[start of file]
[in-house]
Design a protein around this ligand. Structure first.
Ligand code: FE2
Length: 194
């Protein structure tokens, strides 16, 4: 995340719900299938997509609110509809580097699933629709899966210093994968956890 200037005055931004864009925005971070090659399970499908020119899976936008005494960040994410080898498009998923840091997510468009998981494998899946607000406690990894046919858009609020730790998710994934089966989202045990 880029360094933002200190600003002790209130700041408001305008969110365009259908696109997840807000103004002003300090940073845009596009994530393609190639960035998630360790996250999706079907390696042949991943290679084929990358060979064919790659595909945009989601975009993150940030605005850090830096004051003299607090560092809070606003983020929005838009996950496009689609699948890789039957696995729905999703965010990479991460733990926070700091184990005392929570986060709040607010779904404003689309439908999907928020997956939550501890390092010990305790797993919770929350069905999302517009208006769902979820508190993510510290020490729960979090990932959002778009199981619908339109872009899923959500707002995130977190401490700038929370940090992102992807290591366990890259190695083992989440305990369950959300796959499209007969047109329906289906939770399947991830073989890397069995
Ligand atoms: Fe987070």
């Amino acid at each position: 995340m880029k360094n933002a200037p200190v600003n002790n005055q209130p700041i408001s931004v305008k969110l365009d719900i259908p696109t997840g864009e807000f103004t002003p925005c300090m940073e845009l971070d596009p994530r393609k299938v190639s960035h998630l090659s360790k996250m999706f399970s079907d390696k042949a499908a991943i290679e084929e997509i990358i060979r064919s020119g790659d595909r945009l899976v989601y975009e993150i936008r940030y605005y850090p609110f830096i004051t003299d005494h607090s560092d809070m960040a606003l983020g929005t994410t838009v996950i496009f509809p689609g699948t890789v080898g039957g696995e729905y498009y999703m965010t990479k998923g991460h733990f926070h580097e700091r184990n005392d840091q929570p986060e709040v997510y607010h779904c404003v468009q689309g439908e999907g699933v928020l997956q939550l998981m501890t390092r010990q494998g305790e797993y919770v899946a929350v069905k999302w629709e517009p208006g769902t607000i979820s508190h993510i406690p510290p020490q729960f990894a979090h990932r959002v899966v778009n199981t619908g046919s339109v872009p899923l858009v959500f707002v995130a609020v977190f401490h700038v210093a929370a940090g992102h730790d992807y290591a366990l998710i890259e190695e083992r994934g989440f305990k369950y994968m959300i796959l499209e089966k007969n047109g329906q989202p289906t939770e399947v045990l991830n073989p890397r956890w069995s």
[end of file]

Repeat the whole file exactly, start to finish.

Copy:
[in-house]
Design a protein around this ligand. Structure first.
Ligand code: FE2
Length: 194
């Protein structure tokens, strides 16, 4: 995340719900299938997509609110509809580097699933629709899966210093994968956890 200037005055931004864009925005971070090659399970499908020119899976936008005494960040994410080898498009998923840091997510468009998981494998899946607000406690990894046919858009609020730790998710994934089966989202045990 880029360094933002200190600003002790209130700041408001305008969110365009259908696109997840807000103004002003300090940073845009596009994530393609190639960035998630360790996250999706079907390696042949991943290679084929990358060979064919790659595909945009989601975009993150940030605005850090830096004051003299607090560092809070606003983020929005838009996950496009689609699948890789039957696995729905999703965010990479991460733990926070700091184990005392929570986060709040607010779904404003689309439908999907928020997956939550501890390092010990305790797993919770929350069905999302517009208006769902979820508190993510510290020490729960979090990932959002778009199981619908339109872009899923959500707002995130977190401490700038929370940090992102992807290591366990890259190695083992989440305990369950959300796959499209007969047109329906289906939770399947991830073989890397069995
Ligand atoms: Fe987070």
């Amino acid at each position: 995340m880029k360094n933002a200037p200190v600003n002790n005055q209130p700041i408001s931004v305008k969110l365009d719900i259908p696109t997840g864009e807000f103004t002003p925005c300090m940073e845009l971070d596009p994530r393609k299938v190639s960035h998630l090659s360790k996250m999706f399970s079907d390696k042949a499908a991943i290679e084929e997509i990358i060979r064919s020119g790659d595909r945009l899976v989601y975009e993150i936008r940030y605005y850090p609110f830096i004051t003299d005494h607090s560092d809070m960040a606003l983020g929005t994410t838009v996950i496009f509809p689609g699948t890789v080898g039957g696995e729905y498009y999703m965010t990479k998923g991460h733990f926070h580097e700091r184990n005392d840091q929570p986060e709040v997510y607010h779904c404003v468009q689309g439908e999907g699933v928020l997956q939550l998981m501890t390092r010990q494998g305790e797993y919770v899946a929350v069905k999302w629709e517009p208006g769902t607000i979820s508190h993510i406690p510290p020490q729960f990894a979090h990932r959002v899966v778009n199981t619908g046919s339109v872009p899923l858009v959500f707002v995130a609020v977190f401490h700038v210093a929370a940090g992102h730790d992807y290591a366990l998710i890259e190695e083992r994934g989440f305990k369950y994968m959300i796959l499209e089966k007969n047109g329906q989202p289906t939770e399947v045990l991830n073989p890397r956890w069995s």